Teachers in schools, tutors in colleges, and lecturers in universities are all required to have specific teaching qualifications. As part of the qualification, it is normal to study tried and tested pedological theories. Some examples are Bloom’s Taxonomy, Constructivism, and Experiential Learning. This paper identifies a gap in the information and knowledge required of student design engineers studying on a full-time course, when compared to part-time students. To redress this gap, it is suggested that no new theories are required but just a new method of applying an old theory, the application of Bloom’s Taxonomy in reverse alongside reverse engineering. An example of applying this method to a class of design engineers in their final year of a BEng (Hons) Mechanical Engineering is provided.
Today we live a high increasing digitalization in industry 4.0. As part of the evolution of CAD solutions on the market, there is a particular interest in new generation software which are distributed as Software-as-a- Service (SaaS) such as Onshape, 3D Experience, Fusion 360, etc. In order to prepare engineering students for integrating such software within the Université de Technologie de Compiègne (UTC), a further practicing study is carried out in this paper. This study aims to identify, analyze, experiment, evaluate and compare the capacities of Cloud-based CAD solutions on the market and in scientific research work in order to define potential benefits for their implementation in mechanical engineering education. Therefore, we tested two use scenarios of the two Cloud-based software; Onshape and Fusion 360 on a case study. Then, we discussed the comparison results.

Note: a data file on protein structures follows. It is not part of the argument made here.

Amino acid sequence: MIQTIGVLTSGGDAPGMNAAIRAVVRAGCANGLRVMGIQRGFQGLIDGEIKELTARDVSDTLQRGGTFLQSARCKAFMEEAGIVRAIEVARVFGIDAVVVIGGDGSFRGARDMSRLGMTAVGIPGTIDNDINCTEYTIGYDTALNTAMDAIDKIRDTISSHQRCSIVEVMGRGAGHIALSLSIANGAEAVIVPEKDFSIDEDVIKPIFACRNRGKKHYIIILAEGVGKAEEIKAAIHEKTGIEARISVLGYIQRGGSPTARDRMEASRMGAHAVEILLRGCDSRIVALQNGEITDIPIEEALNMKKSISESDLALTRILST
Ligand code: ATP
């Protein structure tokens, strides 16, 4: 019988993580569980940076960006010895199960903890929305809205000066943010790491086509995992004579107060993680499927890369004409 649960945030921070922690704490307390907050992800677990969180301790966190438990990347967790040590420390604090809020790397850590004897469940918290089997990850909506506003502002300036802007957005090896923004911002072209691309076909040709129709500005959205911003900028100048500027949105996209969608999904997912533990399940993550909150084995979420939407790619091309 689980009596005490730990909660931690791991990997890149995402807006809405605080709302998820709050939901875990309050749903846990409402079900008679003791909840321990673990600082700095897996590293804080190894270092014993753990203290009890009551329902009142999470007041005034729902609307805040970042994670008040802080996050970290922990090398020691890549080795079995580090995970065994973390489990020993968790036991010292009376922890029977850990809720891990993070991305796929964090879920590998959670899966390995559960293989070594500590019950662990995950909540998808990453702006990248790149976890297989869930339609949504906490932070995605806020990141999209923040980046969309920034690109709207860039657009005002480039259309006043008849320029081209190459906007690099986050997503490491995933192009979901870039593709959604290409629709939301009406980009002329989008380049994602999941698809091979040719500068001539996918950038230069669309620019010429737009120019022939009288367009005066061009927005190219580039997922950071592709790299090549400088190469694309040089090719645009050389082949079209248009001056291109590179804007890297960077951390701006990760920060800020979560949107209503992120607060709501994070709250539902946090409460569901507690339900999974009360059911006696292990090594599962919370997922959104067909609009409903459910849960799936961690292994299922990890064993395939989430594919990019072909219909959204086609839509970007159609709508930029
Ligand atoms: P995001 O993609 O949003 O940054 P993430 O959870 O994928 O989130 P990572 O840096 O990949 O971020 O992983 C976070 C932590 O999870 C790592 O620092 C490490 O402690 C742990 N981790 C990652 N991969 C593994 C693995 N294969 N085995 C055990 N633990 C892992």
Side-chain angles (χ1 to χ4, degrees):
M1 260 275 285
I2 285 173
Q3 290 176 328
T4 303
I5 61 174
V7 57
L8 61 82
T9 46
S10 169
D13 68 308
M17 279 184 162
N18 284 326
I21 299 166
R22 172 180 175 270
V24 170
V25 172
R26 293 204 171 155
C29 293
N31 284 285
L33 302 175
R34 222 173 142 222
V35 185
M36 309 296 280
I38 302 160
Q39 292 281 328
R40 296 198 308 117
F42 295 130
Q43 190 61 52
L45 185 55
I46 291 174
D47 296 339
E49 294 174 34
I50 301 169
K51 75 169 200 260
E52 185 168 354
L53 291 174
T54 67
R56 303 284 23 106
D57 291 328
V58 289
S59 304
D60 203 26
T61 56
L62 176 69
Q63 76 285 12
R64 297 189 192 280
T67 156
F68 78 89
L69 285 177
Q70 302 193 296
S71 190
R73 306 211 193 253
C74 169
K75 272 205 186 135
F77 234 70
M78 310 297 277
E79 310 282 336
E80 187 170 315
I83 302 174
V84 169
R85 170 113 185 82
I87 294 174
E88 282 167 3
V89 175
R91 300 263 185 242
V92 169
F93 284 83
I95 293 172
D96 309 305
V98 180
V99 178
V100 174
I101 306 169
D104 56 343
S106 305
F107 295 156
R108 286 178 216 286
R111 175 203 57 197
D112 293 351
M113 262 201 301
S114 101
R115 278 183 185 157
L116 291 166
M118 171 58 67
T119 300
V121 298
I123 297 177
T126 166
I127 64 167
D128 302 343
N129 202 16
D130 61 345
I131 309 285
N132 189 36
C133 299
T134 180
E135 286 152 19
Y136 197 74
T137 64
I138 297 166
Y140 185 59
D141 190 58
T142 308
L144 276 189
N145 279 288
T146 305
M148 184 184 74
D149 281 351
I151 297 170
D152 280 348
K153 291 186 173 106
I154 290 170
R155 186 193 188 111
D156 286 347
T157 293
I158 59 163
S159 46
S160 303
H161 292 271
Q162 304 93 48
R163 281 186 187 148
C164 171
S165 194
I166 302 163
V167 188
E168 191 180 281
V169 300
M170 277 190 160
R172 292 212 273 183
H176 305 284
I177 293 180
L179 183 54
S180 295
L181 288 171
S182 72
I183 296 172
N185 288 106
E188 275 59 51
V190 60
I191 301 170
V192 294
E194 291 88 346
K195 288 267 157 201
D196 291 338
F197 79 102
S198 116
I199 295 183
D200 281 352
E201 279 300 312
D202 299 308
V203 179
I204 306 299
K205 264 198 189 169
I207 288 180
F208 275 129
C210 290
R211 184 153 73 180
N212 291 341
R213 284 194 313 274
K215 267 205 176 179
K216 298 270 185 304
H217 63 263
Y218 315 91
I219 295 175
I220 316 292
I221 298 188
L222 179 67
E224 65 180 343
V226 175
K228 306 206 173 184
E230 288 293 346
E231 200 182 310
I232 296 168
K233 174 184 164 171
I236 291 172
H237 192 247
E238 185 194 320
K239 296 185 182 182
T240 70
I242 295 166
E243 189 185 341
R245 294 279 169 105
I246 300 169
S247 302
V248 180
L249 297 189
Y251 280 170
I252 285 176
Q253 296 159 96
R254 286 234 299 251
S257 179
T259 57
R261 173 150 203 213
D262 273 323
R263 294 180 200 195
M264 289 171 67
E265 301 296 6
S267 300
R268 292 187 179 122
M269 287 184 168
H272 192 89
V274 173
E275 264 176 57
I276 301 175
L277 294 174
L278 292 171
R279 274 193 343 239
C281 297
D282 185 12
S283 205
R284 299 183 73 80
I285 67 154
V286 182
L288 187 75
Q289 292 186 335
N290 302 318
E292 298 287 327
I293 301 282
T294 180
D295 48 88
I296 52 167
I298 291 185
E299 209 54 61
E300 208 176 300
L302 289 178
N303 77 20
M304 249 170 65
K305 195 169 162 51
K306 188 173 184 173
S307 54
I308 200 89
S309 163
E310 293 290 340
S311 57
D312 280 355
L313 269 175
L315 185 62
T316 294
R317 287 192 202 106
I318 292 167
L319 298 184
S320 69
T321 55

This chapter provides an overview of Roth’s life, focusing on the author's upbringing in the Weequahic neighborhood of Newark, his education at Bucknell University and University of Chicago, his first forays into publication, his teaching positions at the Iowa Writers Workshop and University of Pennsylvania, his marriages, health struggles, and the significant peaks and valleys of his career, from critical setbacks to major awards and recognitions, including The Pulitzer Prize, National Book Awards, and PEN/Faulkner awards.
This chapter explores plural or ‘polynomic’ standards, with special emphasis on the case of Corsica, where a polynomic standard is officially enshrined in Corsican language policy and practice. The principle of ‘polynomy’ is the mutual recognition, by all speakers and writers, of the legitimacy of all varieties of Corsican. Nowhere is this more visible than in orthographic standards, where there is a baseline of sound-to-spelling conventions to be used by writers to write as they speak. The chapter begins with a comparison of the Corsican case with the handful of other contexts in which variant spelling standards are legitimated. The discussion continues with polynomy in school contexts, where the polynomic standard for Corsican is visible to students in allof their Corsican textbooks, but is actively taught to varying degrees. The standard also exists in maximal contrast with French standard language ideology and practice that shapes most of these students’ schools. The chapter then analyses the ‘banal polynomy’ of public signage and webpages in both the public and private sphere, before closing with a critical assessment of the ways in which a polynomic standard both enables and constrains social actors, and its implications for how a minority language is defined and used.